The B.C. government and BC Hydro have launched an ambitious five-year plan to replace natural gas in buildings for heating, and gasoline and diesel for transportation, through electrification.
BC Hydro and the ministry of Energy, Mines and Low Carbon Innovation have announced $260 million over five years to implement the plan. The bulk of that funding -- $190 million – will be to promote fuel switching in homes, buildings and industry, and electric vehicle charging.
For homes, fuel switching would most likely be accomplished by incentivizing homeowners and businesses to switch from natural gas to heat pumps, which can provide both heat in the winter and air conditioning in the summer.
The funding also includes $50 million to attract new industries to B.C. that use clean hydro power, instead of fossil fuels.
Perhaps ironically, B.C. is Canada’s largest producer and soon-to-be biggest exporter of liquefied natural gas, which it will ship to the world once the $43 billion dollar LNG Canada export terminal and pipeline network completes in the northeast of the province.
The B.C. government estimates that almost 70 per cent of end-use energy in B.C. comes from fossil fuels -- natural gas, gasoline and diesel. The power produced in B.C. is 98 per cent renewable, coming mainly from hydro-electric dams, run-of-river and some wind power. Displacing fossil fuels with clean electricity could result in significant greenhouse gas emission reductions.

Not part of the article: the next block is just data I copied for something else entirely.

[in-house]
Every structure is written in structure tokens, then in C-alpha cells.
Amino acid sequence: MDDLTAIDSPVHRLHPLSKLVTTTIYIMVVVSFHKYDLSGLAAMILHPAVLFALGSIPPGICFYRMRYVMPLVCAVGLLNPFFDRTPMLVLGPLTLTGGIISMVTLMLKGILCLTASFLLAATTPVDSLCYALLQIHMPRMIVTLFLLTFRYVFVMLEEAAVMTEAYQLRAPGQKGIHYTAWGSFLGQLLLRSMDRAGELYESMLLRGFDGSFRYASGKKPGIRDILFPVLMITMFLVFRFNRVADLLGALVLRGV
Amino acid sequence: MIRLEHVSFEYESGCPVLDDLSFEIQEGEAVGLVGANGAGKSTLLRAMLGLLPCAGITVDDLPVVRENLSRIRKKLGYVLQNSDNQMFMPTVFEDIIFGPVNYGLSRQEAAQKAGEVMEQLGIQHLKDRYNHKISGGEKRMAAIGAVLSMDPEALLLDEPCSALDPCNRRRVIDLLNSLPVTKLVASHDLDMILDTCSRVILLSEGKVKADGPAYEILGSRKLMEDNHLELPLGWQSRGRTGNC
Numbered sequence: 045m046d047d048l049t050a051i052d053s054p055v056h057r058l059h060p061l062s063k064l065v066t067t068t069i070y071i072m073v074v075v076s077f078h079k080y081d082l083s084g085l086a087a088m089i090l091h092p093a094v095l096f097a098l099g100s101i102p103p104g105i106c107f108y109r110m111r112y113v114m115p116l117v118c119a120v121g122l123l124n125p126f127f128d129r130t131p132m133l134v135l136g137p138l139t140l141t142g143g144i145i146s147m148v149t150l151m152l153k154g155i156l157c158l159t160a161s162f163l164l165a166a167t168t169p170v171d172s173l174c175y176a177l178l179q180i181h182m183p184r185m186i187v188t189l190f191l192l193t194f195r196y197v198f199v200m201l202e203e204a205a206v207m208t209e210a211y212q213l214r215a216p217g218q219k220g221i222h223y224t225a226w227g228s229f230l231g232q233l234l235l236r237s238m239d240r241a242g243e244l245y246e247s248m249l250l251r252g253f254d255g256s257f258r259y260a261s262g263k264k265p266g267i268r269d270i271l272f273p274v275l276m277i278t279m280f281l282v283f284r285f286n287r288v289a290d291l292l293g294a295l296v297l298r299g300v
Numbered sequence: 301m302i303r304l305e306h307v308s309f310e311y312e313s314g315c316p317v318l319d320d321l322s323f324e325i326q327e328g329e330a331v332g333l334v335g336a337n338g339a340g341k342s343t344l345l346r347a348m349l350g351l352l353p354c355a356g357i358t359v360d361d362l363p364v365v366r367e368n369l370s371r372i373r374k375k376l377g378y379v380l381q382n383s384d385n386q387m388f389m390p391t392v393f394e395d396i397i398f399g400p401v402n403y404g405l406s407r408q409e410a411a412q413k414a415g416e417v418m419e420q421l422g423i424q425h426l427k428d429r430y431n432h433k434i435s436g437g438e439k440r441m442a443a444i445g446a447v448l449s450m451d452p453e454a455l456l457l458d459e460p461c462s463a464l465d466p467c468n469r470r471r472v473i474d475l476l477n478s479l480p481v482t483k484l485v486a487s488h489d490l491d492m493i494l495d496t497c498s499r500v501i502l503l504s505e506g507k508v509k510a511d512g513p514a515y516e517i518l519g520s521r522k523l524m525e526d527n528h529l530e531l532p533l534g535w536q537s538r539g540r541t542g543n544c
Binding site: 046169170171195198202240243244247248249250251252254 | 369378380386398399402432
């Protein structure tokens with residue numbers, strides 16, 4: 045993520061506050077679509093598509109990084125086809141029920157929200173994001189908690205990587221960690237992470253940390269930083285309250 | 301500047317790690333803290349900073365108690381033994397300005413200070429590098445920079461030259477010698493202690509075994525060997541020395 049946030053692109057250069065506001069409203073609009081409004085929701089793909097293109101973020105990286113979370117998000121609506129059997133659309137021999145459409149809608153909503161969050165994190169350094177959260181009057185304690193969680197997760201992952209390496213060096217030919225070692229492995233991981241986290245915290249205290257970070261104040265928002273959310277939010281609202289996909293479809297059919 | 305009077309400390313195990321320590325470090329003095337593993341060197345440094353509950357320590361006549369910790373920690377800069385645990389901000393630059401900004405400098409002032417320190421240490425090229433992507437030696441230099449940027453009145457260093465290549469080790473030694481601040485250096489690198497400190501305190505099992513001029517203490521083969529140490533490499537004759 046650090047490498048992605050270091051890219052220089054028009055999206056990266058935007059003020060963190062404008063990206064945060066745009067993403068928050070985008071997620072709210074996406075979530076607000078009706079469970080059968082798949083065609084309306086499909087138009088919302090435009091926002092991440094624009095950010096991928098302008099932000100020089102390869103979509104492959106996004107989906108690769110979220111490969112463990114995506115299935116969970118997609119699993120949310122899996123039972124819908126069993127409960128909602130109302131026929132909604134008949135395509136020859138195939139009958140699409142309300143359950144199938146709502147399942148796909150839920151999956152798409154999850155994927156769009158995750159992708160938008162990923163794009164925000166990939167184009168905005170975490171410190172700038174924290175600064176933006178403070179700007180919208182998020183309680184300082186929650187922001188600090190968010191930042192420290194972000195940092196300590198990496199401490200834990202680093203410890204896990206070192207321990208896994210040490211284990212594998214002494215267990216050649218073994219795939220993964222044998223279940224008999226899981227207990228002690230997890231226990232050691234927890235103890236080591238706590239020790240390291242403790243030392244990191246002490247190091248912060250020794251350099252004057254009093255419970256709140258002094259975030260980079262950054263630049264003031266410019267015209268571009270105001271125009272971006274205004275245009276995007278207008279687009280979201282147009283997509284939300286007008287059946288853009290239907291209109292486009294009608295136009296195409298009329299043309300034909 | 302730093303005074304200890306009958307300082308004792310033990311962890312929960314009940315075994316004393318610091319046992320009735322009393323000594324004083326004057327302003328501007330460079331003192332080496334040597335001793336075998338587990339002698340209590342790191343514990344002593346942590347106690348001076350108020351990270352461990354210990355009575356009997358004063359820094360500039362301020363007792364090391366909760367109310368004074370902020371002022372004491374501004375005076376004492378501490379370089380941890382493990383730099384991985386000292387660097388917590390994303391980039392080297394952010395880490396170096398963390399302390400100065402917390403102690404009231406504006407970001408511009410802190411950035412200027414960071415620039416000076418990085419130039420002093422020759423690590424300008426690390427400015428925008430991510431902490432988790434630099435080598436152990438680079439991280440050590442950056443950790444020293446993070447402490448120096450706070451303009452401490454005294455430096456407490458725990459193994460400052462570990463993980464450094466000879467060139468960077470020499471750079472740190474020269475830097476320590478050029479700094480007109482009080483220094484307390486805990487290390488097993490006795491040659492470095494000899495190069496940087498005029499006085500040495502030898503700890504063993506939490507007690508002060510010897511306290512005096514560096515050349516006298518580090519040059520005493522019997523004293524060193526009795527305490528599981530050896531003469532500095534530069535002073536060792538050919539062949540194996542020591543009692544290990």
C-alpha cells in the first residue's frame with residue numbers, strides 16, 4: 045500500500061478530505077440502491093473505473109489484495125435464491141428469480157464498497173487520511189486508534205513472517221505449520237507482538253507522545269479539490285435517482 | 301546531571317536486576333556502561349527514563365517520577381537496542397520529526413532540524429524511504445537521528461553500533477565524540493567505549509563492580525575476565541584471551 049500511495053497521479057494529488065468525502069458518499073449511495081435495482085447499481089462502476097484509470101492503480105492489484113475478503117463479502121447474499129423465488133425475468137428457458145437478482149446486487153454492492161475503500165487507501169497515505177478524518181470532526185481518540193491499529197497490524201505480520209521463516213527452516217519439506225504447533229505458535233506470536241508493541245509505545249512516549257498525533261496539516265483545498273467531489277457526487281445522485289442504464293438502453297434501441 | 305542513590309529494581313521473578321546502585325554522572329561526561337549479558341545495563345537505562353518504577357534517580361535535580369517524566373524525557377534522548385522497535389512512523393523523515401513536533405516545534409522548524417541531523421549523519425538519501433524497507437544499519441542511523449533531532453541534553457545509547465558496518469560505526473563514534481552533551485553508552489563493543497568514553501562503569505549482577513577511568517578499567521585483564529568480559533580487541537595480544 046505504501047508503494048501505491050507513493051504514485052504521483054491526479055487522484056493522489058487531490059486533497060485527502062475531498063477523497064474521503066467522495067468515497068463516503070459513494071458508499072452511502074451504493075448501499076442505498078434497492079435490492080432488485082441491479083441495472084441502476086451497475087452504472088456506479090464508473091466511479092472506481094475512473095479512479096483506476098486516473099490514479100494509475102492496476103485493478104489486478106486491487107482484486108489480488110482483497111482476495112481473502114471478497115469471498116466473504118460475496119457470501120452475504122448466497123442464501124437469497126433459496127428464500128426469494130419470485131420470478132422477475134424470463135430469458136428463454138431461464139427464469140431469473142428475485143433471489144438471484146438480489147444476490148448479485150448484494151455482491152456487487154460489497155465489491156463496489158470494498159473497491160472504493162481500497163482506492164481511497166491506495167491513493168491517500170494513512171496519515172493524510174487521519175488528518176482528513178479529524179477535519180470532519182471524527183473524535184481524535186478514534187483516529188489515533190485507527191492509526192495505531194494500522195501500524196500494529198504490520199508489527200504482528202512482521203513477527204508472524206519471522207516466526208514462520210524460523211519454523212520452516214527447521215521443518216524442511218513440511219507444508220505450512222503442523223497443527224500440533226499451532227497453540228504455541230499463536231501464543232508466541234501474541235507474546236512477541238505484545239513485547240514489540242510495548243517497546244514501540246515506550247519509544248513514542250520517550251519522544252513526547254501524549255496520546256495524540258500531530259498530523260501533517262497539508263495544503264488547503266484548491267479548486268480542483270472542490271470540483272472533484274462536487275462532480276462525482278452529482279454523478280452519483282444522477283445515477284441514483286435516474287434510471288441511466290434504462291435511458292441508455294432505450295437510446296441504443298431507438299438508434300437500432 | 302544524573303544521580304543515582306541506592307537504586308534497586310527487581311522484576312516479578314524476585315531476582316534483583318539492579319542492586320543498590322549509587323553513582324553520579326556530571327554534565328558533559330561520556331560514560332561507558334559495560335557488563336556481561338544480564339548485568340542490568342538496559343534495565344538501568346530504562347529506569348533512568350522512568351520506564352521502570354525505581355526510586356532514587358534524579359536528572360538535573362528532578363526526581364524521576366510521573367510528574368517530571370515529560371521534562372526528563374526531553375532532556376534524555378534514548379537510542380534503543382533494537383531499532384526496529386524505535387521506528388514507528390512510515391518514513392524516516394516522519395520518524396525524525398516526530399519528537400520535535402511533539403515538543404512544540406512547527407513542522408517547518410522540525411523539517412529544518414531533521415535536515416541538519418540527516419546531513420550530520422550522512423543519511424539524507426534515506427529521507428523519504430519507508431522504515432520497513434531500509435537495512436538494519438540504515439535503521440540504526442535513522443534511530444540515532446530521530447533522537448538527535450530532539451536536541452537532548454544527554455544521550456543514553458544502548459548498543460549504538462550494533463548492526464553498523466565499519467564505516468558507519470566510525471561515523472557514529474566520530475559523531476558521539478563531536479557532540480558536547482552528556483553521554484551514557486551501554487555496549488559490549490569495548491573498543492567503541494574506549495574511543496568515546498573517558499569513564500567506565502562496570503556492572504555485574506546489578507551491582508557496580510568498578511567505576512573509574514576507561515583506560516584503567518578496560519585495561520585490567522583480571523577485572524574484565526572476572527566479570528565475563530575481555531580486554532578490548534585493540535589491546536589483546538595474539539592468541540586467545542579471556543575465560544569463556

“If actions in the plan are fully realized, it will result in incremental greenhouse gas (GHG) emission reductions of more than 930,000 tonnes per year by 2026,” the government says in a news release. “That is equivalent to taking approximately 200,000 passenger vehicles per year off the road.”
"Working together with BC Hydro, we will help more people and businesses become less reliant on fossil fuels and use more affordable, made-in-B.C. hydroelectricity,” Premier John Horgan said in a release.
Increasing the use of BC Hydro power will mean more revenue for BC Hydro, which the government says could reduce electricity rates.
“BC Hydro estimates that if the electrification plan is fully realized, customer rates will be about 1.6 per cent lower by 2026 compared to what they would be if there were no plan,” the government news release states.
"Working together with BC Hydro, we will help more people and businesses become less reliant on fossil fuels and use more affordable, made-in-B.C. hydroelectricity,” said B.C. Environment Minister George Heyman.
“As a clean-energy powerhouse, we have a huge opportunity to tackle the climate crisis while building a stronger and more resilient B.C. - for everyone."